- The Trump administration’s decision to pile fiscal stimulus atop a late-stage expansion has served to overheat the U.S. economy, forcing the Fed to lean more hawkish than it otherwise might. Meanwhile, the threat of tariff-related price pressures only adds to Fed angst and thus to the propensity for the committee to remain committed to the rate path. The hawkish Fed has underpinned the dollar by driving rate differentials between the U.S. and the rest of the world wider. The stronger dollar, in turn, weighs heavily on emerging market assets and on developing economies who took advantage of the global hunt for yield to accumulate foreign currency debt. The reversal of those flows imperils emerging markets that rely heavily on external funding.
- Modern market structure – characterized as it is by the proliferation of systematic strategies, passive investing and computerized market making – leaves markets vulnerable to fragility events, flash crashes and liquidity vacuums. The post-crisis regulatory regime has left dealers unwilling to lend their balance sheets, creating a historic disparity between investors and the Street that could exacerbate a fire sale in the event the liquidity mismatch in, for instance, high yield and emerging market debt ETFs is laid bare.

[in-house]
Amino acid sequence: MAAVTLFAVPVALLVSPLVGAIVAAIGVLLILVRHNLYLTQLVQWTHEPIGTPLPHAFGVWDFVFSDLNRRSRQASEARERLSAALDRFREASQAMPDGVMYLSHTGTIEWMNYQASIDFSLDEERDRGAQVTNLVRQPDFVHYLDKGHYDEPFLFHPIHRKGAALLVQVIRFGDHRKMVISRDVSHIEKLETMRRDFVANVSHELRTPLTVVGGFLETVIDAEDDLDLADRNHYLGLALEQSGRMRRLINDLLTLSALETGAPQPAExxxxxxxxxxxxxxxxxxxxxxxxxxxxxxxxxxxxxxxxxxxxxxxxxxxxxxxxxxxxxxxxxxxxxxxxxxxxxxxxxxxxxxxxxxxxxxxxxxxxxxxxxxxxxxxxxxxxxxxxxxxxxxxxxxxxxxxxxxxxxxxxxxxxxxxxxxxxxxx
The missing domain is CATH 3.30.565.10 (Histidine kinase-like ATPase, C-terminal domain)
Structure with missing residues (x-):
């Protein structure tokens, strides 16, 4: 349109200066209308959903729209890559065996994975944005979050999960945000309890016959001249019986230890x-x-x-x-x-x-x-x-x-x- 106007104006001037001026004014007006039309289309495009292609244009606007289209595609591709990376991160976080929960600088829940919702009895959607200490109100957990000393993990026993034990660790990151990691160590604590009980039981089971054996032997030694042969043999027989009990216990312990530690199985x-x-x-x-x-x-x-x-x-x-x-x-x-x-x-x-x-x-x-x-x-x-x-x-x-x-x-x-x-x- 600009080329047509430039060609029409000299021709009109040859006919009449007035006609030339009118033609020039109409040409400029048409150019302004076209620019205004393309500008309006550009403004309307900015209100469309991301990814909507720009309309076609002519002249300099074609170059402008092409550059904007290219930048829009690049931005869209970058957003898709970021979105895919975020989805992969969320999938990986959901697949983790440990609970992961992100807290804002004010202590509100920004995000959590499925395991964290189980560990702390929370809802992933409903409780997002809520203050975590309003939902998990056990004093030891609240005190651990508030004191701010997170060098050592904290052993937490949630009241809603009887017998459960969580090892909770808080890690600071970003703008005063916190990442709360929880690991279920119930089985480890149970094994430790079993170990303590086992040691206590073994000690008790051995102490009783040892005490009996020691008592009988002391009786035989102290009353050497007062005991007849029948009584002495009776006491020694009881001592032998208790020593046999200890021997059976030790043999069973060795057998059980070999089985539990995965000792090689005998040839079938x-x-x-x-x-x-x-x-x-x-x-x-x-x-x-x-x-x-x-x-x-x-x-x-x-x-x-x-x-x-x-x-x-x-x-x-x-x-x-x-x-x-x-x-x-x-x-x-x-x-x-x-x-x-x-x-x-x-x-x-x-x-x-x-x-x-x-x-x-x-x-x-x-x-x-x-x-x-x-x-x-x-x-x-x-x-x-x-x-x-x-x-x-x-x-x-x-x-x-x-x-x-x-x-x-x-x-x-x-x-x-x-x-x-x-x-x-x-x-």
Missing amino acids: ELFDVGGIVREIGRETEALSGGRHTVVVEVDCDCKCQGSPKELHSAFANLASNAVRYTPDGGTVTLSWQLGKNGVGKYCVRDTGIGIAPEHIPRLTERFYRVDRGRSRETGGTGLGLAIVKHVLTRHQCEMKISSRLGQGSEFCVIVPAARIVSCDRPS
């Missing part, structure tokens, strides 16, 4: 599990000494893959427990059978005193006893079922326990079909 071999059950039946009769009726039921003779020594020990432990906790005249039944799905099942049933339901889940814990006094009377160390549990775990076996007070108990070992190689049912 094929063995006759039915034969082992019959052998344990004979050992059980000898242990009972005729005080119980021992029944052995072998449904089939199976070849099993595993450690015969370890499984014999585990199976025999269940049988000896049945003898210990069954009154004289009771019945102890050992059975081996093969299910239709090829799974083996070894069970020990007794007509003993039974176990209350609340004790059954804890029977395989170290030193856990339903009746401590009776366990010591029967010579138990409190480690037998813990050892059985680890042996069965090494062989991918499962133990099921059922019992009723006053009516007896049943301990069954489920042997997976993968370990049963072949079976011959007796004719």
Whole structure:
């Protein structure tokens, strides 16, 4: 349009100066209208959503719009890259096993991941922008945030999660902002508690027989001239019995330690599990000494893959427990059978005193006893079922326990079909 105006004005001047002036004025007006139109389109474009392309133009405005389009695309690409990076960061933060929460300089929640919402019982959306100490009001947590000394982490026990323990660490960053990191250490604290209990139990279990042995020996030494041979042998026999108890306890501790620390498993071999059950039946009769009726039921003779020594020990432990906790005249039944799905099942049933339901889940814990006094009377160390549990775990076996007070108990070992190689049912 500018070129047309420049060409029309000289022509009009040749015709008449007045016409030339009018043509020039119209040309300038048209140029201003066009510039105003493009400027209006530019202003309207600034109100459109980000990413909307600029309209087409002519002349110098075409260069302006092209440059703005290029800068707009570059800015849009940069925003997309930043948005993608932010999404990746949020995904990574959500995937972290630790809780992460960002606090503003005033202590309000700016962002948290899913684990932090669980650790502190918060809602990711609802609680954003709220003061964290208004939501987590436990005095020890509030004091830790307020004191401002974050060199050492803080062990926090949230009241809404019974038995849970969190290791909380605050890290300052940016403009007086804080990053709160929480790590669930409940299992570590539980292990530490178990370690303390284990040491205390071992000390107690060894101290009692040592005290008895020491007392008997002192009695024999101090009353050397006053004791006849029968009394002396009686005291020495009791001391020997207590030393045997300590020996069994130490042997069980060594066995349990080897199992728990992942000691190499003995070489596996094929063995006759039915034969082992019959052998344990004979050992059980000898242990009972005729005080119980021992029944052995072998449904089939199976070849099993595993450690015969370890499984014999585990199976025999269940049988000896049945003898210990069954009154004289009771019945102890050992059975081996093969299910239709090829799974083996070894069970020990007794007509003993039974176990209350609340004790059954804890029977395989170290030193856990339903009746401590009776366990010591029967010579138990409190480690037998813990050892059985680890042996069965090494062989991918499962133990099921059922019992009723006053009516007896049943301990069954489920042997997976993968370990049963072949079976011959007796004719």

Coping with this complex reality is difficult and can at times seem overwhelming to stewards of capital and even to seasoned traders who are by definition adept at navigating choppy waters. Making sense of things now requires a cross-disciplinary approach that is quite simply out of reach for the vast majority of market participants whose academic training is limited to a single field of study and whose ability to synthesize geopolitical undercurrents and market themes is thus inherently circumscribed.
Given all of the above, it comes as no surprise that in the latest installment of BofAML’s European credit investor survey, the bank’s Barnaby Martin finds that “theme overload” is prevalent among respondents.
“There are simply too many macro narratives now for the market to process on a daily basis”, Martin writes, adding that “this goes a long way to explaining why risk rallies have been conspicuously short-lived in ‘18.”